You don't have to be a star to be in my show. I just wanted to get that out of the way.
Wait -- somebody already used that line. Remember the song by Marilyn McCoo and Billy Davis Jr.? It was the wife-husband duet's only No. 1 hit, and only for a week at this time in 1977. The following week Leo Sayer would take over with "You Make Me Feel Like Dancing."
Weird time. Fun time. But the pop music scene was getting pretty strange. It was possible, if you had your radio tuned to the wrong station, to hear a somber ballad like Gordon Lightfoot's "Wreck of Edmund Fitzgerald" sandwiched between "Disco Duck" and "Car Wash." And Maureen McGovern's "Torn Between Two Lovers" was lurking around the corner.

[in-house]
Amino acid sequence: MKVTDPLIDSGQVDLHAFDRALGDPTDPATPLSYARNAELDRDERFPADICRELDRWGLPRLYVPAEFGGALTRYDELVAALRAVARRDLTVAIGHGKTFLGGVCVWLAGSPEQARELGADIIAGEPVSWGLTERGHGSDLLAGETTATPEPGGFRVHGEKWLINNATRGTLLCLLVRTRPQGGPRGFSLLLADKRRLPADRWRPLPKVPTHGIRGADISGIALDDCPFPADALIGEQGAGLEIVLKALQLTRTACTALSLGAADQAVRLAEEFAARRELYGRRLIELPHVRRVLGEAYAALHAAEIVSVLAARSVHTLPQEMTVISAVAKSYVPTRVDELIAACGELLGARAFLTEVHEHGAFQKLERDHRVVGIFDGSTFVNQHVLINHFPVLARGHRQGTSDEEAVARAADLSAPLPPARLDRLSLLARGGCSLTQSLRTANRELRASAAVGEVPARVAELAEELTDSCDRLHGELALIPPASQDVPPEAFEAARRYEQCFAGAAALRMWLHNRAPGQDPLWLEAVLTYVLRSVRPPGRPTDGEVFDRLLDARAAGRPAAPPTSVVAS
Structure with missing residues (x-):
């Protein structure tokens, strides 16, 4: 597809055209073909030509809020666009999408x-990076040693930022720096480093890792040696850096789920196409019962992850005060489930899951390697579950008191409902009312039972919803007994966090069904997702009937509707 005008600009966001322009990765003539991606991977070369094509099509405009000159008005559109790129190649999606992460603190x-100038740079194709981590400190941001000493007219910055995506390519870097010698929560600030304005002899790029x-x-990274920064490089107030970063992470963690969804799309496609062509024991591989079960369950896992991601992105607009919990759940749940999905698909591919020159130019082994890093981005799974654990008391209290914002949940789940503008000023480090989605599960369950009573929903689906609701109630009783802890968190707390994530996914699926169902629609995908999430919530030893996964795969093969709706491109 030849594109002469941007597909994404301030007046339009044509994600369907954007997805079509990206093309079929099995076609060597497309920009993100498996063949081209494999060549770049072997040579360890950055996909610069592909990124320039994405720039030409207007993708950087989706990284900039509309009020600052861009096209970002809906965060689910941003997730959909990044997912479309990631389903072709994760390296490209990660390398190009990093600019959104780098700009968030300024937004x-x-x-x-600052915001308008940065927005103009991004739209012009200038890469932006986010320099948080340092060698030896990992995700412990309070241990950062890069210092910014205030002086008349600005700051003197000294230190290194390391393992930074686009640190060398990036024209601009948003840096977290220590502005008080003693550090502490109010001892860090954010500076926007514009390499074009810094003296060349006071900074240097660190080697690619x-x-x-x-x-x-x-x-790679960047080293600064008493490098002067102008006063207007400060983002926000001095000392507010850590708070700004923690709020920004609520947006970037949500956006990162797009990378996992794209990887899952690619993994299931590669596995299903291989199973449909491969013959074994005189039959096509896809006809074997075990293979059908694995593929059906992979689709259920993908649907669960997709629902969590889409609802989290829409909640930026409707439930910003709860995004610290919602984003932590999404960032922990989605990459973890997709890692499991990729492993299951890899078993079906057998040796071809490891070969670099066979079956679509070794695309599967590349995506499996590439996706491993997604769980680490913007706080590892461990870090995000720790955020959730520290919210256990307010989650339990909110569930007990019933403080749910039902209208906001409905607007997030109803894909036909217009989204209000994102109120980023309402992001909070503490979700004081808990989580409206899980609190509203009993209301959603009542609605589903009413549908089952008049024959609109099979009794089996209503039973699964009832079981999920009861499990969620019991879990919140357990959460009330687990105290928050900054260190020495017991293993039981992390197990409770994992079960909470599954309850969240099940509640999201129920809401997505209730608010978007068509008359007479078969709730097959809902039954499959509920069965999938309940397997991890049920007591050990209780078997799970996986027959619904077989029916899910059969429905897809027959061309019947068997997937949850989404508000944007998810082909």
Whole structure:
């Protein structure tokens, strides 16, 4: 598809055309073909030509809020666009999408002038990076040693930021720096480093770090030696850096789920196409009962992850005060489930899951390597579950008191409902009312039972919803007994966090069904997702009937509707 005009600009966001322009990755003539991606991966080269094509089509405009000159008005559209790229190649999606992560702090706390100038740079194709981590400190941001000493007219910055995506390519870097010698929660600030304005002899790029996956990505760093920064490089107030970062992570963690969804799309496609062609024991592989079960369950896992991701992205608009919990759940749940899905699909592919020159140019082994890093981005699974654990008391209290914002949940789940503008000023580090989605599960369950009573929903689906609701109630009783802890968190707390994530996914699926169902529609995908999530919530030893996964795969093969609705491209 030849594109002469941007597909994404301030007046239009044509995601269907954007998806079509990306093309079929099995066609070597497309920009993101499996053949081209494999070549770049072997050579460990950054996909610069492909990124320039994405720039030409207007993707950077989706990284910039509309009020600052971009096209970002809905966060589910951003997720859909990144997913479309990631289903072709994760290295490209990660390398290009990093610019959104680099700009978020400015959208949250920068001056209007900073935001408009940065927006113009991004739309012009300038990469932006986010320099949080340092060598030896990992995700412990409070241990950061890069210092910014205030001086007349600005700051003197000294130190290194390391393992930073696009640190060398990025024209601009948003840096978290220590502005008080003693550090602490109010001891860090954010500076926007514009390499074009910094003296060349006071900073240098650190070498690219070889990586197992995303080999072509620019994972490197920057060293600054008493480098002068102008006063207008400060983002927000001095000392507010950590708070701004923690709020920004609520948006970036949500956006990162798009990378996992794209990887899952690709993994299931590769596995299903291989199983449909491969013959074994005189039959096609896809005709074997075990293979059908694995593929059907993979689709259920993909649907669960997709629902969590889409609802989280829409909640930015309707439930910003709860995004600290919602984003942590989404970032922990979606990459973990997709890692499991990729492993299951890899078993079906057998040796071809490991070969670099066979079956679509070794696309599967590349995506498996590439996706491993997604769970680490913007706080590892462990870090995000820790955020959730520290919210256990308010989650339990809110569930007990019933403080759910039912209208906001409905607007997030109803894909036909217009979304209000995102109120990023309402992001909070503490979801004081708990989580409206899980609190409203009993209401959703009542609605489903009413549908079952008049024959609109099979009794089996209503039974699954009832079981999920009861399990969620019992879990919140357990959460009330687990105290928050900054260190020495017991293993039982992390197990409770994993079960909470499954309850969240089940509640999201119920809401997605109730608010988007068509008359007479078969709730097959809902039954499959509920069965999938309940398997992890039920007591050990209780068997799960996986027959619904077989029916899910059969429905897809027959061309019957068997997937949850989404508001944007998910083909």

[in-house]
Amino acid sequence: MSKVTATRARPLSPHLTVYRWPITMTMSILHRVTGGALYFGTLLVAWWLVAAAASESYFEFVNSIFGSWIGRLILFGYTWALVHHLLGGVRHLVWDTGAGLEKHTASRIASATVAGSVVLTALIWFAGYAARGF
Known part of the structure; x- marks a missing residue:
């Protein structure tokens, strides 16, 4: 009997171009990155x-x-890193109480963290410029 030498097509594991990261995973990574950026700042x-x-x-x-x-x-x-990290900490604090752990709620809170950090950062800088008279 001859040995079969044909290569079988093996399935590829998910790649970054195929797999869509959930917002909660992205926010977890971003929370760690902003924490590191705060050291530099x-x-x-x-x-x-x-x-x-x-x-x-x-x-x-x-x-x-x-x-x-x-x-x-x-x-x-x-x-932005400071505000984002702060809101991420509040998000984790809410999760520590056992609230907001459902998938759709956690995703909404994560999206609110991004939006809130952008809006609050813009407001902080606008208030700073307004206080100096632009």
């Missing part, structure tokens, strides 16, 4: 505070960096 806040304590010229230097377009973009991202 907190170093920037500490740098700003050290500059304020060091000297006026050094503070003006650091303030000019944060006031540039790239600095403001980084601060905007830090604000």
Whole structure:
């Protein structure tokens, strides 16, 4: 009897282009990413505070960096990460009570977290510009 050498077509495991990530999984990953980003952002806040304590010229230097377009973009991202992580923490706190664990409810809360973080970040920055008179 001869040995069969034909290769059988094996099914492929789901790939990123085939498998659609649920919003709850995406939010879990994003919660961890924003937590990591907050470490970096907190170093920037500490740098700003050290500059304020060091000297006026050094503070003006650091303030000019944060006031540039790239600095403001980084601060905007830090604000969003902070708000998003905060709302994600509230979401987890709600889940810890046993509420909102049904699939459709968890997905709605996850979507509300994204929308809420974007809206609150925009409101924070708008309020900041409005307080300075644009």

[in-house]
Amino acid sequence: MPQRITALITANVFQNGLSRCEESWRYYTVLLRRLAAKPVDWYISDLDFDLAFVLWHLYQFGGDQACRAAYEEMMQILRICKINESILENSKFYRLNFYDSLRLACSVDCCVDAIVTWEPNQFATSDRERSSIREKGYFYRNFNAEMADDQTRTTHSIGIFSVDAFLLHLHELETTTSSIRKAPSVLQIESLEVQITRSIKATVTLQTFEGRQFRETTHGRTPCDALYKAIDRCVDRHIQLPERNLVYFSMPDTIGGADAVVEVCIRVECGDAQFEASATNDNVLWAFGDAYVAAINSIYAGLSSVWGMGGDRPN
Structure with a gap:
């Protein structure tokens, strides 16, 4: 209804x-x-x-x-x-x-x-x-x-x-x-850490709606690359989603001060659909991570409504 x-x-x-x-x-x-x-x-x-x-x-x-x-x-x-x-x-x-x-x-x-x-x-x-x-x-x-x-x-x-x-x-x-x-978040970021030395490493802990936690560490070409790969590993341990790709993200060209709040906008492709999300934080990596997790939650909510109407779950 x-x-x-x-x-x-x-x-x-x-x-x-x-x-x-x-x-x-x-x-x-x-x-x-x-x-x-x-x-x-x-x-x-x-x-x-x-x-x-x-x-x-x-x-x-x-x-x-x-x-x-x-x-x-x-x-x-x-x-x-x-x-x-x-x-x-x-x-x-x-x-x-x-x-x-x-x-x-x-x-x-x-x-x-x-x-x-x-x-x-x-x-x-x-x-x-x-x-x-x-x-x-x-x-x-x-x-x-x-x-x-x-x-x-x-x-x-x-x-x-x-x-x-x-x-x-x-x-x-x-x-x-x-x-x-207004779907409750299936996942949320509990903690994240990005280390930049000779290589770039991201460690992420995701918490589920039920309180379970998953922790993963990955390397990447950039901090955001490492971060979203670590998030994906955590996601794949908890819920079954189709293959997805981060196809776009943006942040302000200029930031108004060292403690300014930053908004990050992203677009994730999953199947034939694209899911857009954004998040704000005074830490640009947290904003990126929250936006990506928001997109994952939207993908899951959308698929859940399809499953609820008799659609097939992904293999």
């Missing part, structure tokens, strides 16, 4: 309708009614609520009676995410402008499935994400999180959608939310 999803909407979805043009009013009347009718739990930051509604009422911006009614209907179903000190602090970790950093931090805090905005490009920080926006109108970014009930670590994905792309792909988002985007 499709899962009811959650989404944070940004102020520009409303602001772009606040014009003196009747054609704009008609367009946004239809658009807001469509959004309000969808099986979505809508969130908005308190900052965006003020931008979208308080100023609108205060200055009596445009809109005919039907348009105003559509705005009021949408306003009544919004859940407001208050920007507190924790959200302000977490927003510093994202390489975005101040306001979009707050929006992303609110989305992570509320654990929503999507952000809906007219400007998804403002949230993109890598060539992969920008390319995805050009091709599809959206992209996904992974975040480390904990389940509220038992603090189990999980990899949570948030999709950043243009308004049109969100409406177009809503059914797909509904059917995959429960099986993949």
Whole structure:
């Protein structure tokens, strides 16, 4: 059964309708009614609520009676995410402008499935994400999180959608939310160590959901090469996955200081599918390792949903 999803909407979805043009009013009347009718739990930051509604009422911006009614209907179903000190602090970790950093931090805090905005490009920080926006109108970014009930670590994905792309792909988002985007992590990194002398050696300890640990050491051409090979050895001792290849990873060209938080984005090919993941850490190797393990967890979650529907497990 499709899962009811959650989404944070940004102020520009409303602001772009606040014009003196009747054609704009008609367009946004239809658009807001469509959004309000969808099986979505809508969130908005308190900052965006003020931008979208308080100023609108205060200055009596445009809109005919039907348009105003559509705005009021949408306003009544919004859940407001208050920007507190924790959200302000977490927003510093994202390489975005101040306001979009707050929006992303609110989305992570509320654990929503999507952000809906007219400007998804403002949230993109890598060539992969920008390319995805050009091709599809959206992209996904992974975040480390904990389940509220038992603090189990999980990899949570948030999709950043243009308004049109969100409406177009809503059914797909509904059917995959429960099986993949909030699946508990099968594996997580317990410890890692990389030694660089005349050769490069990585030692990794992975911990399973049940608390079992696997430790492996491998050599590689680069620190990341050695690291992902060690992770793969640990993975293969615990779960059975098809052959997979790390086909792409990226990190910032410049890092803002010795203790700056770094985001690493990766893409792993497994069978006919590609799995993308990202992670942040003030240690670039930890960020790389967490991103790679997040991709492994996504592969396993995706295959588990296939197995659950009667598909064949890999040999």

Tough goings. And into this maelstrom flew McCoo and Davis, who had fled the successful Fifth Dimension where they helped score two No. 1s: "Aquarius/Let the Sunshine In" and "Wedding Bell Blues." (That's McCoo opening with "Bill, I love you so, I always will...")
Duets can be tricky. Just ask Simon and Garfunkel, or Sonny and Cher. I'm thinking that McCoo and Davis could have improved their chances of stardom with a simple name change. Something closer to Captain & Tennille, who were also out there at the time.
But you can't argue too much with a No. 1 song. "You Don't Have to Be a Star (to Be in My Show)" gave McCoo and Davis just as many chart-toppers as Sonny and Cher managed before their breakup.
Some of us were just thankful for the Eagles at the time.